It’s been over 20 years since boaters started getting together on rivers like the Ottawa, Caney Fork and the Ocoee, queuing up to surf waves and ride holes, throwing spins, enders and pirouettes instead of running downriver. Volunteer judges—often paddlers themselves—kept score; spectators by the hundreds crowded the rocky shores to watch. In the early days it was called rodeo and similar to its Western namesake, the events were spectacles, equal parts party and friendly competition to assert bragging rights on and off the river.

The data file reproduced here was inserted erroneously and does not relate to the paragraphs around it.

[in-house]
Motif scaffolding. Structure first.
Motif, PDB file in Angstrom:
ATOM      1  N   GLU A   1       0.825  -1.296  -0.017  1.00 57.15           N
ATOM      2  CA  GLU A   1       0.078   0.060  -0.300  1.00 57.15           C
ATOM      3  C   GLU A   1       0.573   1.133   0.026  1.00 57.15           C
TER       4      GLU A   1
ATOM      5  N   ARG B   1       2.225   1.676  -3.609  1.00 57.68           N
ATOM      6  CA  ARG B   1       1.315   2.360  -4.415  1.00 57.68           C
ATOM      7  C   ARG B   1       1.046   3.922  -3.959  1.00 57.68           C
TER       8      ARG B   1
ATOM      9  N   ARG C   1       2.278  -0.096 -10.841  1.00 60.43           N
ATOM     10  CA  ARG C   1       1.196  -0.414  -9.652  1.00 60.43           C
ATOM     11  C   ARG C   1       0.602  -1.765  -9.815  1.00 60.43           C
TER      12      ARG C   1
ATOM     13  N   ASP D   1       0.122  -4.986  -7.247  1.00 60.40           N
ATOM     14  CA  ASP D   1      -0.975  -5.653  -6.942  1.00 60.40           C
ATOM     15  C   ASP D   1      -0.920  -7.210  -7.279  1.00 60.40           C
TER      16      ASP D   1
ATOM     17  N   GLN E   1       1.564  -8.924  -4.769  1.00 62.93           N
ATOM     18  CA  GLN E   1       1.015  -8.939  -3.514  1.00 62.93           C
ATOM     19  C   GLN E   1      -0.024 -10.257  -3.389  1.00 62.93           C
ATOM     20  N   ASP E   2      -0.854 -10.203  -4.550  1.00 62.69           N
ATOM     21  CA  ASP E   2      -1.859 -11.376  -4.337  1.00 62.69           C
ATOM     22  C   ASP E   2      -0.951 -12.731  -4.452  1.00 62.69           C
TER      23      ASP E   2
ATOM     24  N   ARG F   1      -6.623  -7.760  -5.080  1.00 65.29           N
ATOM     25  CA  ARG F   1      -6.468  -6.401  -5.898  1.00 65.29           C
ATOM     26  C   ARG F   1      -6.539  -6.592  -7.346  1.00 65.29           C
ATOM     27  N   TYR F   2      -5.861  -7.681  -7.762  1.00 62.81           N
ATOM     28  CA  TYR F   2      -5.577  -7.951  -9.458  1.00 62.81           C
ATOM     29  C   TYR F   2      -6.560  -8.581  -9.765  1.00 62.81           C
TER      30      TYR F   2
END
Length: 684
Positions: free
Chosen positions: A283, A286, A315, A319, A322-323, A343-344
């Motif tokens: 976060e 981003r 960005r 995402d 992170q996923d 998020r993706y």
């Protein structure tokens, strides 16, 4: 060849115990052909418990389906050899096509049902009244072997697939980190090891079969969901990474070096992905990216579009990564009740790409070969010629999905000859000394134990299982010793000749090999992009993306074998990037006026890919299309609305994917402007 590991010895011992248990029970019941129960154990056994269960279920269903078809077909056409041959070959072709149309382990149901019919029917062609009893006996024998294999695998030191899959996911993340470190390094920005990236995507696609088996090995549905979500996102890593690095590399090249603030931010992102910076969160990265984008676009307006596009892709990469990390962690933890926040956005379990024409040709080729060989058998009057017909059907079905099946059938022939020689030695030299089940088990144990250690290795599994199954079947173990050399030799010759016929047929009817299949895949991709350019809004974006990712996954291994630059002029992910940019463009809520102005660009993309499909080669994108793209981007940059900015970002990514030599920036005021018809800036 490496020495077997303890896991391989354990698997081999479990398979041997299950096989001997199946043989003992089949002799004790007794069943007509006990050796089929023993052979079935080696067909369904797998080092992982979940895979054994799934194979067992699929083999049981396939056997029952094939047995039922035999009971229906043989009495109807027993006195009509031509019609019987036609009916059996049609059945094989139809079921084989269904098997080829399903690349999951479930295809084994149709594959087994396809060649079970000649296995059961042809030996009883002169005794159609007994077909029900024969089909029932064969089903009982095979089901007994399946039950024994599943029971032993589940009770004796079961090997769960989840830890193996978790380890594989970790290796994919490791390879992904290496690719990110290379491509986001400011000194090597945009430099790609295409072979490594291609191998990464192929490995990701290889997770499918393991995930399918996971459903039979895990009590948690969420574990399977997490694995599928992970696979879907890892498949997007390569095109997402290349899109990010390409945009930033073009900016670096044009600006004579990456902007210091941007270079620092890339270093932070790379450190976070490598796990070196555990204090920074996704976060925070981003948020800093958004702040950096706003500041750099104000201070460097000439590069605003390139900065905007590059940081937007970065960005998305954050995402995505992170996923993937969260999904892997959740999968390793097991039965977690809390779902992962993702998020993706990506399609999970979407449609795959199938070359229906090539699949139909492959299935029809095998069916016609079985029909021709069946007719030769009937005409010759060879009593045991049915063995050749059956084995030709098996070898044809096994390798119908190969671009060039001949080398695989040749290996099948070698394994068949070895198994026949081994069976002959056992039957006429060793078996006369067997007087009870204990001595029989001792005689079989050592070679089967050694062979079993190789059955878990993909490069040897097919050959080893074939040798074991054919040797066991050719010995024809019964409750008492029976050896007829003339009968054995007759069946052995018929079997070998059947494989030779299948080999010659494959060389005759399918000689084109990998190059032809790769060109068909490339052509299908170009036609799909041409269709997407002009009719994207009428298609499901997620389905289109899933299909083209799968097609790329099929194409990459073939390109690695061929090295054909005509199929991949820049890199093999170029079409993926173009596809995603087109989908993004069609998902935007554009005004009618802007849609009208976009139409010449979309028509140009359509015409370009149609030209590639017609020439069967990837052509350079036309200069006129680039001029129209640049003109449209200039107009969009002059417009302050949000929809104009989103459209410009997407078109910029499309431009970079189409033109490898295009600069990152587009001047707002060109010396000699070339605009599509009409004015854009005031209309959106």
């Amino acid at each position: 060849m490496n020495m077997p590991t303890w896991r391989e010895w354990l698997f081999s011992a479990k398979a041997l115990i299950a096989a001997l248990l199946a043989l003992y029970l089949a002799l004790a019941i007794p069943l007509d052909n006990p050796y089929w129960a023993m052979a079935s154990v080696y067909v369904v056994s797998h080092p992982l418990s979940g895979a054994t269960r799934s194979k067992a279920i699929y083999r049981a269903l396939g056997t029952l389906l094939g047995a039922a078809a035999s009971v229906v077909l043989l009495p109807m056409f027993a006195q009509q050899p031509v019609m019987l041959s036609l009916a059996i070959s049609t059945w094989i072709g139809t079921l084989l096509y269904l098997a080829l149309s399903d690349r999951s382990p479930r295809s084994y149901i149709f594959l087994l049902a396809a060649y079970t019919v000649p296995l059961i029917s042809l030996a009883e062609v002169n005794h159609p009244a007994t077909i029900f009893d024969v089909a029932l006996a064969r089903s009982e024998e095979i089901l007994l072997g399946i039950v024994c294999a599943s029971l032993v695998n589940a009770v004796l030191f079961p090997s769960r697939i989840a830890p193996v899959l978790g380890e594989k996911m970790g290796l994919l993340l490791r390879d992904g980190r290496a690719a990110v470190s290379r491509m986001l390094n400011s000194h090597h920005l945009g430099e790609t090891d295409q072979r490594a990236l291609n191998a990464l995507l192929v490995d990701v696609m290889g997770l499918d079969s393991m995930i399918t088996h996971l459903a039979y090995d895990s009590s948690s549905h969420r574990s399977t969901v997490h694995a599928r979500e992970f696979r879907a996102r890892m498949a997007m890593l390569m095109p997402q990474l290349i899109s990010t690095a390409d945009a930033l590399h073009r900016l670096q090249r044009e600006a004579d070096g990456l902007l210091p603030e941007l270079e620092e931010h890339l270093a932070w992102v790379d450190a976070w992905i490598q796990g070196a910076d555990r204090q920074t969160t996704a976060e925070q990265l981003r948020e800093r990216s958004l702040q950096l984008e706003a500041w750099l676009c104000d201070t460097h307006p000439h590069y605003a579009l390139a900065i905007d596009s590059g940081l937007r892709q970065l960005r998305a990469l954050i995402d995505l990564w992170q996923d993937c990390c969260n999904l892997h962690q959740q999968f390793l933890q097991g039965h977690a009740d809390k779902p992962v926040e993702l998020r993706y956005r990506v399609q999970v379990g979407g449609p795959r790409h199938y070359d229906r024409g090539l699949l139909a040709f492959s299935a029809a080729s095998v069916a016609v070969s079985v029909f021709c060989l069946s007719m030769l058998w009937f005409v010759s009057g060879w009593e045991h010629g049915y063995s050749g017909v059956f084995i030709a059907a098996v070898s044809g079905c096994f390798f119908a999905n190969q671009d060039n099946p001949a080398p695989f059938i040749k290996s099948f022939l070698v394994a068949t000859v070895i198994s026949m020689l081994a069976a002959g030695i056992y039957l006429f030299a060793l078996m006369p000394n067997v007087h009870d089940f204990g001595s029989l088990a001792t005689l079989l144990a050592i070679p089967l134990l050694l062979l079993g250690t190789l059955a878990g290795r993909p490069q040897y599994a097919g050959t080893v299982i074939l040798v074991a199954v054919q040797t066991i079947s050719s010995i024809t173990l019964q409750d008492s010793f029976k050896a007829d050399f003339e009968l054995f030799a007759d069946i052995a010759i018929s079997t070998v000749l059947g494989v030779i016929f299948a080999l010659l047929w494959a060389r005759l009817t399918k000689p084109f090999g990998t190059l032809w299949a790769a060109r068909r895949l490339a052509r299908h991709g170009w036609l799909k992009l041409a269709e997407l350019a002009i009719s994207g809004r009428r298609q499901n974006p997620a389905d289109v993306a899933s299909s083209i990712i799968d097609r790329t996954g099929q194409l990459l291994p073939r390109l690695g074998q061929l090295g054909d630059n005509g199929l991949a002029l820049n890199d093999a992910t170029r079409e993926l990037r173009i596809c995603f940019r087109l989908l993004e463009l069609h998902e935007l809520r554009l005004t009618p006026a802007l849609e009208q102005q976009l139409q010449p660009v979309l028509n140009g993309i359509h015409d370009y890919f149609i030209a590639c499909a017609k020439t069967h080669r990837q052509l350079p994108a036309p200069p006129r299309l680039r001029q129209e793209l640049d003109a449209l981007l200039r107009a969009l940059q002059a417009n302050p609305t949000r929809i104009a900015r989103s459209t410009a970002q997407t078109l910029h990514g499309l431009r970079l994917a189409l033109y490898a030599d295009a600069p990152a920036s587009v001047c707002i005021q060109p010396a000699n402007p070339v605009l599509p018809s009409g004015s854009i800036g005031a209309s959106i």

As with any upstart sport and competition, a faction of paddlers wanted whitewater rodeo to go bigger. The very first world championship was held in 1993 on the Ocoee River in Tennessee; in 1997, the worlds came to McCoy’s rapid on the Ottawa River; and by 2001, the event engulfed the Pyrenees village of Sort, Spain, in a boisterous festival.